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What Sinema’s doing isn’t new. In days past, Sinemas went by the names of John Breaux, Ben Nelson, David Boren and Arizona’s own Dennis DeConcini. They were “Red State” Democrats eager to prove they had no use for the liberal wing of the party. They killed investments in Bill Clinton’s economic plan in 1993, nixed the public option in 2009 and now are pearl-clutching at the idea that Democrats would dare deliver on 2020 campaign promises.

If future ex-senators want to know how to keep the base at home, make sure to seek out the things they want most and make sure those are the things that don’t get signed into law. Go chase the voters hearts who want only your defeat and defeat will follow.

In 2002, Democrats stayed home with George W. Bush in charge, after Democratic politicians ignored their base and insisted on supporting a war with Iraq. How’d that turn out, Presidents Clinton and Kerry?

Republicans rarely chase Democrats around either chamber screaming "Please love me! Please love me!"

Part 2) Chase the wrong voters.

Democrats have a thing for white men in unions. Bobby Kennedy briefly put together a Golden Coalition of hippies, hard hats and African Americans and the party has been pining for a return to that former glory.

The party has the majority right now but it’s not the coalition of the '60s. Black women, Asian men, Latino non-binaries and white cisgender lawyers provide its punch.

Stop chasing grandpa. He's screaming at Fox News for a reason.

Part 3) Don’t be “mean.”

Why play hardball when hugs are free? Republicans support insurrection and are arguing to spread the pandemic. That should be easy to beat. Whack them over the head with it between now and next Nov. 8.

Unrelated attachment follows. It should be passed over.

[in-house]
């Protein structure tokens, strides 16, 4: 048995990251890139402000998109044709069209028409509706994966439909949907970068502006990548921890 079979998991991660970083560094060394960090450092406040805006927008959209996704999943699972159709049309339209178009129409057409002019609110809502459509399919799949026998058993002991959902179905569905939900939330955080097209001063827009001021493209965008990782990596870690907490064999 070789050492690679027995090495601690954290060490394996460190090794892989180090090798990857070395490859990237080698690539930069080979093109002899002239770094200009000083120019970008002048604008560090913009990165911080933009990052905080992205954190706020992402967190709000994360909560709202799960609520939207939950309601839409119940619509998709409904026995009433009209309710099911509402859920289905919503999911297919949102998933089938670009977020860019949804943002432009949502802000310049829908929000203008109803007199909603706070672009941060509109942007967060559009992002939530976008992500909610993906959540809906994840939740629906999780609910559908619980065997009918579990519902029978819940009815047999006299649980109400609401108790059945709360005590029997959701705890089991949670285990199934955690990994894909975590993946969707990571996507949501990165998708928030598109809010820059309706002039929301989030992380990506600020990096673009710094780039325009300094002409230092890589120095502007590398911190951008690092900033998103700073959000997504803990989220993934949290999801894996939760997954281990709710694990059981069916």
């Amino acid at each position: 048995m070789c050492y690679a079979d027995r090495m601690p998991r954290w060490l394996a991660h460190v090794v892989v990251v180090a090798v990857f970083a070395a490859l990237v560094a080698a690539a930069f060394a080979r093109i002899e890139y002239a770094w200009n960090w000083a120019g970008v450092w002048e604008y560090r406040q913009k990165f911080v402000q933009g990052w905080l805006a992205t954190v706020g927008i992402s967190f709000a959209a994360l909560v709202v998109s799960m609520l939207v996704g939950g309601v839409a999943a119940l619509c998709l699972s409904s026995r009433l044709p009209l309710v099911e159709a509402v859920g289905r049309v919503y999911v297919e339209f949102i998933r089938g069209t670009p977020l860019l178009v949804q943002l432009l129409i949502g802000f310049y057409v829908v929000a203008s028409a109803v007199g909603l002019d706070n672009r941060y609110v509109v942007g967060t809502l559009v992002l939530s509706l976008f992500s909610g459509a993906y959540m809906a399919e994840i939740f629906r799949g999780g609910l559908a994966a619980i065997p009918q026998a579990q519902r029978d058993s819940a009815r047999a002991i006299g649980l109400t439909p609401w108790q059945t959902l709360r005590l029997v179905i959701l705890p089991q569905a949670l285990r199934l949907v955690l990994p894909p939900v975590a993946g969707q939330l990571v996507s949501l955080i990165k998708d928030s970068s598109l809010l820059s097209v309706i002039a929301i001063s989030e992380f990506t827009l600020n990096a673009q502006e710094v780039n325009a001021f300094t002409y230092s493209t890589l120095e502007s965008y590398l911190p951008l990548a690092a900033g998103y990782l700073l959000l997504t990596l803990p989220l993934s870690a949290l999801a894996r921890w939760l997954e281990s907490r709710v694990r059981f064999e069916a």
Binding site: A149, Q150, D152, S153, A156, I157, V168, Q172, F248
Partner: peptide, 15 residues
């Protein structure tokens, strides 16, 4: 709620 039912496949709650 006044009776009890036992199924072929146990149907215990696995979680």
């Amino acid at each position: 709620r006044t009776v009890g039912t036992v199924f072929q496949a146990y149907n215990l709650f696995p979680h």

History tells us Democrats won't work to tie a guy like Ciscomani to Trump, if the Republican tries to show an inkling of independence.

See, that’s mean. The voters don’t like that. No, voters prefer to be educated about how to bring down prescription drug prices by achieving economies of scale in bulk buying through the federal procurement process with programs like Medicare. They want 14-point plans about how to solve their problems.

Republicans just shout "Socialism!" Guess who wins the battle of slogans?

This isn't me cheerleading. This is me playing the part of a recovered political consultant trying to show Monty Python's Upper Class Twits of the Year how to back up a car. 

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Set to self-destruct

Put a gun to my head right now and order a prediction, and I would have to say Republicans will in 50-75 seats and one of them will be in Southeastern Arizona. They'll gain five to seven seats in the state House and three in the state Senate.

Republicans can’t lose in 2022. It’s not possible. Even if they can't rig the Independent Redistricting Commission to serve them up a wildly gerrymandered set of new district boundaries, they should still roll as part of a national wave.

And yet they have their own 14-point plan, which requires them to:

  • Applaud the pandemic.
  • Defend insurrection.
  • Question the 2020 results and call all elections rigged.
  • Compare masks to the Holocaust.
  • Turn vigilantes loose on pregnant women.
  • Demand another 200,000 deaths from coronavirus because you want a steak in that restaurant right now.
  • Restart Donald Trump.
  • Make Marjorie Taylor Greene the face of the party.
  • Run Oro Valley's own Mark Finchem for Arizona secretary of state to kill democracy outright.
  • Hire a firm called Cyber Ninjas to tell Arizona voters they didn't actually vote how they voted.